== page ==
fall 2004 contributors


Beth Bachmann’s poems are forthcoming in The Southern Review, The Antioch Review, and Image. She teaches creative writing at Vanderbilt University.

Mark Bowen is a native Texan who spent four years living and working in Alabama and Georgia. His work has previously appeared in Circle Magazine.

Joy Bouldin is a writer living in Philadelphia, Pennsylvania where she is a Bread Upon the Waters Scholar at the University of Pennsylvania. Most recently, her work has been honored by the Zora Neal Hurston/Richard Wright Foundation and the Archie D. and Bertha H. Walker Foundation. She is currently working on a book titled The Mississippi Diaries, of which this essay is an excerpt.

Kevin Boyle’s book, A Home for Wayward Girls, won the New Issues First Book Award, judged by Rodney Jones, and will appear in March 2005.  His poems have appeared in North American Review, Virginia Quarterly, Michigan Quarterly, and Antioch Review.  He teaches at Elon University in North Carolina.

Timothy Davis is a staff writer at Creative Loafing, an alternative weekly in Charlotte, NC. His work has appeared (or is set to appear) in numerous national publications, including Mother Jones, No Depression, Salon.com, The Christian Science Monitor, Gastronomica and others. His fiction has been published in The Pedestal Magazine and Eclectica. His story Maybe's Good as a Yes appeared in the spring 2003 issue of storySouth.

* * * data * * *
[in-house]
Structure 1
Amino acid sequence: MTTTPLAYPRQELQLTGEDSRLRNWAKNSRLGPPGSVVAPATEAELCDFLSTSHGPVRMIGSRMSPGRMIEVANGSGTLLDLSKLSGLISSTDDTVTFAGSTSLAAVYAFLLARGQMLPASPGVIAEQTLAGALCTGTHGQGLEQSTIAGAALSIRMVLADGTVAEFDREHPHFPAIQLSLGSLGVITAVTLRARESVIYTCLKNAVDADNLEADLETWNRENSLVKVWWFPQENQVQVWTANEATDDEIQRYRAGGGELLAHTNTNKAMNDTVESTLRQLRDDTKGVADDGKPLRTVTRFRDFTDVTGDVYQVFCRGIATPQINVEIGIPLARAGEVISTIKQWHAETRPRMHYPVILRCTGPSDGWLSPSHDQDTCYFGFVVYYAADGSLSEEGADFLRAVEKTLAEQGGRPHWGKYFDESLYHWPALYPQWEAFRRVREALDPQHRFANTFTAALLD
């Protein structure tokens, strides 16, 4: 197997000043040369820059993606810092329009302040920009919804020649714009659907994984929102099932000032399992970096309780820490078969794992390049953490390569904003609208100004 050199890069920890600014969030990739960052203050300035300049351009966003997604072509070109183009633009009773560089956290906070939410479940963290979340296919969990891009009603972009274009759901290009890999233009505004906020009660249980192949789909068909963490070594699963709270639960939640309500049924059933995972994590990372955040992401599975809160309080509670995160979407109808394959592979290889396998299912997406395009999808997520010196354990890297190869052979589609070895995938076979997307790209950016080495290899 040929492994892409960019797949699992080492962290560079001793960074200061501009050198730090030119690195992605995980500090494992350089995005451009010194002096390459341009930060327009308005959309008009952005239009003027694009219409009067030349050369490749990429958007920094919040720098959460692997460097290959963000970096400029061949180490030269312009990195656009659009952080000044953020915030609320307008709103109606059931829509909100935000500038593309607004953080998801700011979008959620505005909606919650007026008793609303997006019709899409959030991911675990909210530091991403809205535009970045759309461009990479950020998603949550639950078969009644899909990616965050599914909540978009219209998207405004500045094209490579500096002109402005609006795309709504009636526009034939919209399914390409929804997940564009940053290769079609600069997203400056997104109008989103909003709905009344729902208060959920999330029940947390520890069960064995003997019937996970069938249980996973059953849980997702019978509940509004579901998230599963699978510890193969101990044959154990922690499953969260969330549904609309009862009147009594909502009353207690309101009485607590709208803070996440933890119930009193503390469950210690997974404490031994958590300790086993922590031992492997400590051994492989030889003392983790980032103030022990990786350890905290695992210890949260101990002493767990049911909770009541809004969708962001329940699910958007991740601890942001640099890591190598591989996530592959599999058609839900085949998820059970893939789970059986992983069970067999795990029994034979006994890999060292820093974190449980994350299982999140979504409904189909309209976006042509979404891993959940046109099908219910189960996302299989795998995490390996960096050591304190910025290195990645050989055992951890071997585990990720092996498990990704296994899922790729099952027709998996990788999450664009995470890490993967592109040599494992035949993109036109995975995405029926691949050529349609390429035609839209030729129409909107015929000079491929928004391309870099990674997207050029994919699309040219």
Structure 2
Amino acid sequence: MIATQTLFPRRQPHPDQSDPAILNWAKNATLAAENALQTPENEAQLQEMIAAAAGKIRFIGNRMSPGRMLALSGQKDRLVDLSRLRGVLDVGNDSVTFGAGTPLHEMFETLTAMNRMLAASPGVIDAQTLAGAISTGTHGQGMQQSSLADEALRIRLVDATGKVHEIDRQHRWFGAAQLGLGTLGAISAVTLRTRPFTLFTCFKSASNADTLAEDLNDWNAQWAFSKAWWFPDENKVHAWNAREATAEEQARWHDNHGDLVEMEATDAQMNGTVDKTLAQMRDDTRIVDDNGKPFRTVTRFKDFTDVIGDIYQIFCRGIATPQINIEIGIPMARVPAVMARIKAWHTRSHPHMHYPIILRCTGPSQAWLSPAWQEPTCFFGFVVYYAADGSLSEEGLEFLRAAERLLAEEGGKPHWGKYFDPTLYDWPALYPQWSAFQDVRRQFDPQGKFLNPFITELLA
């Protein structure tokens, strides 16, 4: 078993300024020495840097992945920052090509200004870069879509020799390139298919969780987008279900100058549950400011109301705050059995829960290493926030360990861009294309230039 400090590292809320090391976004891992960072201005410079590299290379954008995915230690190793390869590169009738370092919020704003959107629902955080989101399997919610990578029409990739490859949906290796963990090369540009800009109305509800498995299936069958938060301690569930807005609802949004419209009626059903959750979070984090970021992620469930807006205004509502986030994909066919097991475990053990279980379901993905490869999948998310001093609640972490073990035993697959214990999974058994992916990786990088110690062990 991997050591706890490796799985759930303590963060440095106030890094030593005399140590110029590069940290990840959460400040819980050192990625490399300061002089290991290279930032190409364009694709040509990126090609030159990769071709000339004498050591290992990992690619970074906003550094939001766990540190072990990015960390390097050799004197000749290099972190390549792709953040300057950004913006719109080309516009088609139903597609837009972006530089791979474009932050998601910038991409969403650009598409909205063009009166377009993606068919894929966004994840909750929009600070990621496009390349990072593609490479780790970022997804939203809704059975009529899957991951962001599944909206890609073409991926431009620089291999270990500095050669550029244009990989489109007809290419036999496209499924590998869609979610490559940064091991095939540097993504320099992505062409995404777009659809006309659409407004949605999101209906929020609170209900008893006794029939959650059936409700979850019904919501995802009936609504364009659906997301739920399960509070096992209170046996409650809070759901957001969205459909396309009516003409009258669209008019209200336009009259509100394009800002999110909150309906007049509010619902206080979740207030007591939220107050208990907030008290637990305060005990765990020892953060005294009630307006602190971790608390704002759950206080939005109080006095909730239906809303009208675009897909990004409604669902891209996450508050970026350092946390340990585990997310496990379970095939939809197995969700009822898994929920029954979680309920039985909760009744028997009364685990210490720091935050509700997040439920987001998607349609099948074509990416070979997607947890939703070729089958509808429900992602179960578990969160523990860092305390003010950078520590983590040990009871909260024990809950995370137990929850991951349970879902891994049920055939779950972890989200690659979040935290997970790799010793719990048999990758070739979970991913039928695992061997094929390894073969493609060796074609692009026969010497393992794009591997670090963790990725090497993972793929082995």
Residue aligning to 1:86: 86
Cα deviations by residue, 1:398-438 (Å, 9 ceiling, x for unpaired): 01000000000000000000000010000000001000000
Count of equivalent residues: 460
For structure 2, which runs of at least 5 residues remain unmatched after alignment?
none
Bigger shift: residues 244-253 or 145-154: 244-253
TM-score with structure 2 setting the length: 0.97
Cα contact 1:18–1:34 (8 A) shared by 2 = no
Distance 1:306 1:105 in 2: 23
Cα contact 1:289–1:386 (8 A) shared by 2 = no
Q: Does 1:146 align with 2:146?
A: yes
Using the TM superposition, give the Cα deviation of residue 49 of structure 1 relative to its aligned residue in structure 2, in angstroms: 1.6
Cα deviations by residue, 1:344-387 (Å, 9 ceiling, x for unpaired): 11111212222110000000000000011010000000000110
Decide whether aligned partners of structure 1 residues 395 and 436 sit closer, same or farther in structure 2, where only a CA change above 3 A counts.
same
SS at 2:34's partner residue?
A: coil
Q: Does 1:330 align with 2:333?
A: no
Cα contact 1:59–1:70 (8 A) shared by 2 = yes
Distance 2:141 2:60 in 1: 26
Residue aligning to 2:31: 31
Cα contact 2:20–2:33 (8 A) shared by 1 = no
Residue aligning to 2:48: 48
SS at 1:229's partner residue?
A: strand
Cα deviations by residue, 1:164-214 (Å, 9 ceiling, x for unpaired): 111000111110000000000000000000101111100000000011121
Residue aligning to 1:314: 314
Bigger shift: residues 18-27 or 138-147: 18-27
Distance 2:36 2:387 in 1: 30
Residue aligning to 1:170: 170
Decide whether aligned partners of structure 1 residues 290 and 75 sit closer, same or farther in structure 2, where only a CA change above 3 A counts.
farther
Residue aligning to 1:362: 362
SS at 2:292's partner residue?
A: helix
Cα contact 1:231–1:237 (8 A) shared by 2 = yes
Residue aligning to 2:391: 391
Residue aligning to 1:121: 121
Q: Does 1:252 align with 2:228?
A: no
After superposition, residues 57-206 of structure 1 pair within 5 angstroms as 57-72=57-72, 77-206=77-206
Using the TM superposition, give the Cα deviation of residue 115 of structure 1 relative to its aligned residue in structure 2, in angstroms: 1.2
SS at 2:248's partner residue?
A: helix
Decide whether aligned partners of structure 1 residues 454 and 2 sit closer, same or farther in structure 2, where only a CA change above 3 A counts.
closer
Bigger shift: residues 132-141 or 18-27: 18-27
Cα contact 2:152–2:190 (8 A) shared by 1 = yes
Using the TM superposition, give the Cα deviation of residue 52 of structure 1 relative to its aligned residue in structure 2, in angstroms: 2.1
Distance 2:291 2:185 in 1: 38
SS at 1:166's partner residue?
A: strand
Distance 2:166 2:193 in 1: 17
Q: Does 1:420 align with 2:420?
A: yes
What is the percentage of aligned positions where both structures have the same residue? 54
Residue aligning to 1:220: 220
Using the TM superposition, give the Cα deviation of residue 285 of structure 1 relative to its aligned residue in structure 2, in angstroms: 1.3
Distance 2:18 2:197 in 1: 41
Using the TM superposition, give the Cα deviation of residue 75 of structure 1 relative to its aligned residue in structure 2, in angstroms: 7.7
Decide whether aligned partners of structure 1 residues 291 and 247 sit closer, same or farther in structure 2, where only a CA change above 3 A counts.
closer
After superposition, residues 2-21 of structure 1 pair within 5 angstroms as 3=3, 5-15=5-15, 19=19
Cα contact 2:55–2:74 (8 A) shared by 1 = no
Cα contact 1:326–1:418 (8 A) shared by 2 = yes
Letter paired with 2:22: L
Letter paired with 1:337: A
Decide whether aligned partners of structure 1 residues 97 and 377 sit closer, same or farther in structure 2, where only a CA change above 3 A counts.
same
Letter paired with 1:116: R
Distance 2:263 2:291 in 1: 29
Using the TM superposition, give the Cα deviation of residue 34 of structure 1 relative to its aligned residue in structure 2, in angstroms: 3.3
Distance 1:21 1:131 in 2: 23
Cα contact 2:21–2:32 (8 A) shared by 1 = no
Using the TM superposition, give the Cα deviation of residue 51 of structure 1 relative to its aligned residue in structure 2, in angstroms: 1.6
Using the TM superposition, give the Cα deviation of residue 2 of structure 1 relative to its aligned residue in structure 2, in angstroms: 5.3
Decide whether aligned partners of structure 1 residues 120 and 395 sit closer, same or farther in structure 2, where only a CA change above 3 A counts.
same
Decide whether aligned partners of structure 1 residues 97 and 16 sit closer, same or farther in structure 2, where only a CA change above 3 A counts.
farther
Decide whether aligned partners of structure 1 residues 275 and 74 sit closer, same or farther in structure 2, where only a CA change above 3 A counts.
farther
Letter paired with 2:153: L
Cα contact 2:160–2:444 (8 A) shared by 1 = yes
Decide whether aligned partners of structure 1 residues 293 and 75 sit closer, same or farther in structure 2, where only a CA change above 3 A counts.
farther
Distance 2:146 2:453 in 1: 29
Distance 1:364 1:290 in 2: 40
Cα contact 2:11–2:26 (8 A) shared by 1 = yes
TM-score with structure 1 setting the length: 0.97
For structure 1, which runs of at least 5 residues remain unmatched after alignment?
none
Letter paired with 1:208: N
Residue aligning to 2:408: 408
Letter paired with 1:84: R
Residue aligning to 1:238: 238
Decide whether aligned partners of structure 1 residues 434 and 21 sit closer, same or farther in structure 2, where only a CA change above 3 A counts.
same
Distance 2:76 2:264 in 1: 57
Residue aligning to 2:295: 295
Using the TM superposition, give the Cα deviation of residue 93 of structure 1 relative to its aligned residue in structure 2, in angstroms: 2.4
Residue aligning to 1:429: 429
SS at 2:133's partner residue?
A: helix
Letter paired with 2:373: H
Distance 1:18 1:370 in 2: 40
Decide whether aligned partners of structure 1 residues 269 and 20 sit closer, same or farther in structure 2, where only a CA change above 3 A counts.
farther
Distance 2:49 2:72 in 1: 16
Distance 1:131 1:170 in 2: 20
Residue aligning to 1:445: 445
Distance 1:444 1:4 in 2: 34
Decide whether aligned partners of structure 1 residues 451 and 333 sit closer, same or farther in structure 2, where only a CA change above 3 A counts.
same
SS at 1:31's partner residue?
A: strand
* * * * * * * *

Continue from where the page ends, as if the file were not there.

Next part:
Sean Ennis is a student at the University of Mississippi. His work has appeared in Pindeldyboz.

David Galef has published over seventy stories in magazines ranging from the old British Punch to the Czech Prague Revue, the Canadian Prism International, the American Shenandoah, The Gettysburg Review, and many other places. His two novels are Flesh and Turning Japanese, and his latest book is the short-story collection Laugh Track. He is a professor of English and the administrator of the M.F.A. program in creative writing at the University of Mississippi.

Matt Henriksen co-edits Typo. His work has appeared in Can We Have Our Ball Back? and Octopus.

Terry Kennedy is the Assistant Director of the Graduate Program in Creative Writing at the University of North Carolina at Greensboro. His work appears in a variety of journals and magazines including Now & Then: The Appalachian Magazine, The Poetry Miscellany, The South Carolina Review, and Southern Humanities Review.

Carol Parris Krauss lives in South Florida. A graduate of Clemson University, her poems have appeared in The South Carolina Review, Pebble Lake Print Review, Millers Pond Print, and Snow Monkey.

Kat Meads is the author of two short fiction collections: Not Waving (Livingston Press at the University of West Alabama, 2001) and Stress in America (March Street Press, 2001). Her short stories have received awards from Chelsea, Inkwell Magazine and Illinois Writers, Inc. She is a native of eastern North Carolina.

Jason Nemec is an MFA student at Florida State University.

Christopher Orlet was born in a log cabin in southern Illinois—unnecessarily. His work has appeared in The Simpering Nautilus, Inside the Female Ear, The Happy Hyena, High Noon at Midnight, and many other high-brow publications.